“Social sciences” is an umbrella term that covers a number of academic disciplines; it is used in distinction from the “natural sciences.” Anthropology, economics, political science, and sociology are among the disciplines grouped in the larger category. While elements of social scientific approaches had been in place for centuries, the consolidation of a set of approaches that used scientific methodologies to analyze social problems is generally considered to begin in the19th century. These developments drew on 18th-century changes during the Enlightenment, with its renewed focus on the human being as a subject of analysis, was one strong influence. Charles Darwin’s theories of evolution, published in the mid-19th century, sparked a change in analytical approaches through all academic endeavors.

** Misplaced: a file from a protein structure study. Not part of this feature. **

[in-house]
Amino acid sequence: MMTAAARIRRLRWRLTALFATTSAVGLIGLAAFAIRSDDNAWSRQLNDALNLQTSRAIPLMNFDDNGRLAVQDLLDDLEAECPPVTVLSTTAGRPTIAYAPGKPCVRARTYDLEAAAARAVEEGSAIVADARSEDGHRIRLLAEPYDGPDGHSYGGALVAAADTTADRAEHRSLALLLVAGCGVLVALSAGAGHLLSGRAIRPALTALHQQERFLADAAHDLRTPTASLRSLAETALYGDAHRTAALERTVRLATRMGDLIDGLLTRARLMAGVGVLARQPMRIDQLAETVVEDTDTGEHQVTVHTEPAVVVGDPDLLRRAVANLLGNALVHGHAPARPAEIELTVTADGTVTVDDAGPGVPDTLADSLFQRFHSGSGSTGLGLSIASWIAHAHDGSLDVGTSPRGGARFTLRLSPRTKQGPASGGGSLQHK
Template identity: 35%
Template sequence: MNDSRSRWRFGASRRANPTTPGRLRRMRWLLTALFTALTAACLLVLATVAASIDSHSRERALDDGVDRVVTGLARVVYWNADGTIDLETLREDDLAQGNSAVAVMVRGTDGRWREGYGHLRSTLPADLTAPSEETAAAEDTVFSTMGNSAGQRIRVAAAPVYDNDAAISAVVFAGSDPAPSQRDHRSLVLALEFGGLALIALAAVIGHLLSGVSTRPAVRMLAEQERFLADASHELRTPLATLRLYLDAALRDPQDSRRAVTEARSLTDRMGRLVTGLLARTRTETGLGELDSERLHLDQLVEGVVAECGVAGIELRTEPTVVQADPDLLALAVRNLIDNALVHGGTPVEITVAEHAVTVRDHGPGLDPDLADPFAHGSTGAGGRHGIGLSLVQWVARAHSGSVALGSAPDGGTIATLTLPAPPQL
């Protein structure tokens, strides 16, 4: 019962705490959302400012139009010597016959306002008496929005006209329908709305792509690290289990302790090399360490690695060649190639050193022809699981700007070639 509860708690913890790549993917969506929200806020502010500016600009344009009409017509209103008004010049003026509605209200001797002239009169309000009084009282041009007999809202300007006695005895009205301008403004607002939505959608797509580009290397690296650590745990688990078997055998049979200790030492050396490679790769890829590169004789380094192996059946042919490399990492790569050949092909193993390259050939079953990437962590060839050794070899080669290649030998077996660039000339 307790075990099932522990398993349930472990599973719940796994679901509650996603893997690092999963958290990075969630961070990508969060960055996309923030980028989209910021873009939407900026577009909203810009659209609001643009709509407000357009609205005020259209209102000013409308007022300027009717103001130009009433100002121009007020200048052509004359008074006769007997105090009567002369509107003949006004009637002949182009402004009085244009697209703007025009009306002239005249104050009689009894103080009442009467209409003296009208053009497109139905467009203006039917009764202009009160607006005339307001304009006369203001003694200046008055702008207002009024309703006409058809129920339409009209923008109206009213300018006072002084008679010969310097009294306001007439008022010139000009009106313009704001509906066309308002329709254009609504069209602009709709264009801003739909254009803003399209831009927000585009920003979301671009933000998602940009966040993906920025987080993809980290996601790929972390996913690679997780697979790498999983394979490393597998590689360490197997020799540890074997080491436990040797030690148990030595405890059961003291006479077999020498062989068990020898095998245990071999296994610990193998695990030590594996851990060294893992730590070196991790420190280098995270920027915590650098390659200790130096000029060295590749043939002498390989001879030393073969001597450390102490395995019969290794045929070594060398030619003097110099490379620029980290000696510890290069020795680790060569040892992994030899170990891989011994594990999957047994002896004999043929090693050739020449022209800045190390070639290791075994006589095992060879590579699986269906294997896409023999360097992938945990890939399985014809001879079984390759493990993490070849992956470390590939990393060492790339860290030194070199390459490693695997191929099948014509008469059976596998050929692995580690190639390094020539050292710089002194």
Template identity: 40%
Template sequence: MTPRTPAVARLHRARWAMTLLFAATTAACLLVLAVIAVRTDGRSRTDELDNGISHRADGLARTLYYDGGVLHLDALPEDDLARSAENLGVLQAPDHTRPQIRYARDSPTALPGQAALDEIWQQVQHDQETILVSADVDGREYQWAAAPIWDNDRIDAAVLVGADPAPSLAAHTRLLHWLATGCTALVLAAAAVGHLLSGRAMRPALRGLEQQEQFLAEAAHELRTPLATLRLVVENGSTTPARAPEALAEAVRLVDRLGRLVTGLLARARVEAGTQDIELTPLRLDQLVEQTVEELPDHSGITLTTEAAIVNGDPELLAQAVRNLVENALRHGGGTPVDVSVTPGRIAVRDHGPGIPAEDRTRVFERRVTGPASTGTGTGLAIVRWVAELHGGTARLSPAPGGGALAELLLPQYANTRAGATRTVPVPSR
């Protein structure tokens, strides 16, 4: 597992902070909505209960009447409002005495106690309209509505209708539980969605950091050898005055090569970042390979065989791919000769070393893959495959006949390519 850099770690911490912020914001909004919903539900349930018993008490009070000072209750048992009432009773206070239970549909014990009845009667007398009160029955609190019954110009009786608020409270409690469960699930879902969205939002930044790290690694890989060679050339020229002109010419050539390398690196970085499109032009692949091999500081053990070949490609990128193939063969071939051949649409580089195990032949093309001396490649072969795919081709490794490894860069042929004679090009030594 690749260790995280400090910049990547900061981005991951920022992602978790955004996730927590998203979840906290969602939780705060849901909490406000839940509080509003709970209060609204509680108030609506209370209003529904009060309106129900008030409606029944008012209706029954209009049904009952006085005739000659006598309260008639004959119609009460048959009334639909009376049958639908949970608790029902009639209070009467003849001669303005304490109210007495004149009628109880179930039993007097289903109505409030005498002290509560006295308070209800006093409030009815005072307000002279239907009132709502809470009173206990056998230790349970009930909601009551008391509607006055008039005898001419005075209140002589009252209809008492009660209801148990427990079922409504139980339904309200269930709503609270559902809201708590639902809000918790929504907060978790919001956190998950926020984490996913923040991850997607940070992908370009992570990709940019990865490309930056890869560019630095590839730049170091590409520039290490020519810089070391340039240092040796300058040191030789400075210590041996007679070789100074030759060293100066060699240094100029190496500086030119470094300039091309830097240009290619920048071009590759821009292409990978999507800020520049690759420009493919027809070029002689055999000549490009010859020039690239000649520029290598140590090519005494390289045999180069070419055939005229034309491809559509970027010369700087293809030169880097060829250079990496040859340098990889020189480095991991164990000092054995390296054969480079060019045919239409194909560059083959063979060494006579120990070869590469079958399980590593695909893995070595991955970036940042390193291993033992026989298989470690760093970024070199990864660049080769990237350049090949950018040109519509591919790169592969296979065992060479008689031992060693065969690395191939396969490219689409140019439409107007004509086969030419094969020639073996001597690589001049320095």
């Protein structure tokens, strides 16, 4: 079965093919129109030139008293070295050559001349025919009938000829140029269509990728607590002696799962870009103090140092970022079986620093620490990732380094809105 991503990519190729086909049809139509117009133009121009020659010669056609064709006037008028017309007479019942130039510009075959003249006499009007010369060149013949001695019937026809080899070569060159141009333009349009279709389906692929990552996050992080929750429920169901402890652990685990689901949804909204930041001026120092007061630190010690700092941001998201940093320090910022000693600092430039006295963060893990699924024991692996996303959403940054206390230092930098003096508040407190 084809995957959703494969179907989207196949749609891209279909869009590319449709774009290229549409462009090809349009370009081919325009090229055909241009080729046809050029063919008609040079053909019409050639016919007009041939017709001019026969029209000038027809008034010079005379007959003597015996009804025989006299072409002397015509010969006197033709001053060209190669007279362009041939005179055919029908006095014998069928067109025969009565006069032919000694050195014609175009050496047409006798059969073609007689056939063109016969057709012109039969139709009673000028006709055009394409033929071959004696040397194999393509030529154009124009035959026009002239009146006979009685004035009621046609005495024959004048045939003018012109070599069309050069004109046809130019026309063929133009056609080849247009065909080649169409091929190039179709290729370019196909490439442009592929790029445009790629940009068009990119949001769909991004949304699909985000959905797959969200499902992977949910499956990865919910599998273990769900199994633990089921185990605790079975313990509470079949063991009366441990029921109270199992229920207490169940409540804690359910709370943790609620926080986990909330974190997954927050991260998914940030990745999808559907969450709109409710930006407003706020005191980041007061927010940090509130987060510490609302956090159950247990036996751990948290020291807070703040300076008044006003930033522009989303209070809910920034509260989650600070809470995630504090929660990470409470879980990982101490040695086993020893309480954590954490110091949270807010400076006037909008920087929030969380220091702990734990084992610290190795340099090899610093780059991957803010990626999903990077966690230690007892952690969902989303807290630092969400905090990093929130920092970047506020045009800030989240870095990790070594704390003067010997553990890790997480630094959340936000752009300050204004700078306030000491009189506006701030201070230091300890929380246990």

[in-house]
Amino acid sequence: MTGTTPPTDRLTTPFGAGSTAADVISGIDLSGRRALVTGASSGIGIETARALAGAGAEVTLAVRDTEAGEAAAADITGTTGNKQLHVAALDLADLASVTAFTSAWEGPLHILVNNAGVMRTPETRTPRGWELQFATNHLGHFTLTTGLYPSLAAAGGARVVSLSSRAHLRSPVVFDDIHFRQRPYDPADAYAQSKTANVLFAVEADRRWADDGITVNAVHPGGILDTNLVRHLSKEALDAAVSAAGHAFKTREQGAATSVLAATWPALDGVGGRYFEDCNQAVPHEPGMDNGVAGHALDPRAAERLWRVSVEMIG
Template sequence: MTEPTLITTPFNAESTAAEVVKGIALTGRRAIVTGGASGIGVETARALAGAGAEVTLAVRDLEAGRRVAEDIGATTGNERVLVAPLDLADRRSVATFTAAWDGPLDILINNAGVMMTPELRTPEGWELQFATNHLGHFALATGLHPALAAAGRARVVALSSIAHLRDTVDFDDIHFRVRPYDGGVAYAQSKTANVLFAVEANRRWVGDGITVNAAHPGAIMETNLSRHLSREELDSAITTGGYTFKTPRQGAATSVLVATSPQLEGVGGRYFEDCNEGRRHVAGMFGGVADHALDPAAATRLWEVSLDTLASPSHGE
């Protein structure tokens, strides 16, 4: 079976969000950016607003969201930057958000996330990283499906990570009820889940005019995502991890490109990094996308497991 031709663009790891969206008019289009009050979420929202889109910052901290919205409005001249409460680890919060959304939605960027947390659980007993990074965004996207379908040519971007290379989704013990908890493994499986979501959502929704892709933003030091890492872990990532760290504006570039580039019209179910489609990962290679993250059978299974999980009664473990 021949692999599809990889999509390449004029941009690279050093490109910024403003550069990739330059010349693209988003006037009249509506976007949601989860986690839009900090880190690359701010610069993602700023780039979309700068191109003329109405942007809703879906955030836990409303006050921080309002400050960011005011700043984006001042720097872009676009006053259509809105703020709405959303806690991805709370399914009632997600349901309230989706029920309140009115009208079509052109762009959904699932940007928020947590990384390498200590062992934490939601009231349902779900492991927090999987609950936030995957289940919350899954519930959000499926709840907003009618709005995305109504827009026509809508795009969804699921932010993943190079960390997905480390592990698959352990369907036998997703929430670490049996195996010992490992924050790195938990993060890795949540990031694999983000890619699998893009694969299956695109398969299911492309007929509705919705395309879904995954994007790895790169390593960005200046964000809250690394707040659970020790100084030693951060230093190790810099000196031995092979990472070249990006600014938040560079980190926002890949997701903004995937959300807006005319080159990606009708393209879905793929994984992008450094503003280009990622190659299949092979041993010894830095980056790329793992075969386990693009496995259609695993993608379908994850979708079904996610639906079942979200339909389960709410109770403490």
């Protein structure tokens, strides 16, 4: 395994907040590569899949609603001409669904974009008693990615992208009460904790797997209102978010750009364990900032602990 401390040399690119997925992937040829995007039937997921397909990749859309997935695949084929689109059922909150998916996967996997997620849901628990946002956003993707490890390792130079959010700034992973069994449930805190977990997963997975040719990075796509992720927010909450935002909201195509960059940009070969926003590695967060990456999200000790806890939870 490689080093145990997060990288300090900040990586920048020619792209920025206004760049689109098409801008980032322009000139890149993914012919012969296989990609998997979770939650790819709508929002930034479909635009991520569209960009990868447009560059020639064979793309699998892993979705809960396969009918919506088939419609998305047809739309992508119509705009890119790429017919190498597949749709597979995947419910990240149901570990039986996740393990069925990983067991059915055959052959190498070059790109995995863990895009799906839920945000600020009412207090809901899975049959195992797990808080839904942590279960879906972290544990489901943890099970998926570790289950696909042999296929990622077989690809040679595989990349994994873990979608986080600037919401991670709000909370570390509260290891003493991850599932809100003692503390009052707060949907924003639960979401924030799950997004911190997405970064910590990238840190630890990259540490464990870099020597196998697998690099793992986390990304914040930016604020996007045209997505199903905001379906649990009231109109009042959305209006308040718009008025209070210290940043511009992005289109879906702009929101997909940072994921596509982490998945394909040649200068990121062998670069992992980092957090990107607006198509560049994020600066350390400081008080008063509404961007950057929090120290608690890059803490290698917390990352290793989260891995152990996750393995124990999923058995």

Because the social sciences cover every aspect of society and culture all over the world, each person will evaluate different topics as highly significant. One way to approach this question would be to examine a particular world area or aspect of society at a particular time and address it from the perspective of one specific social science. For example, sociology is ideally suited to analyzing widespread social changes such as the massive waves of European immigration to the Americas that occurred in the late 19th-early 20th centuries. Because financial crises in Europe in those years were a primary factor that motivated people to leave, economics would be well suited to analyzing the financial dimensions of that social phenomenon.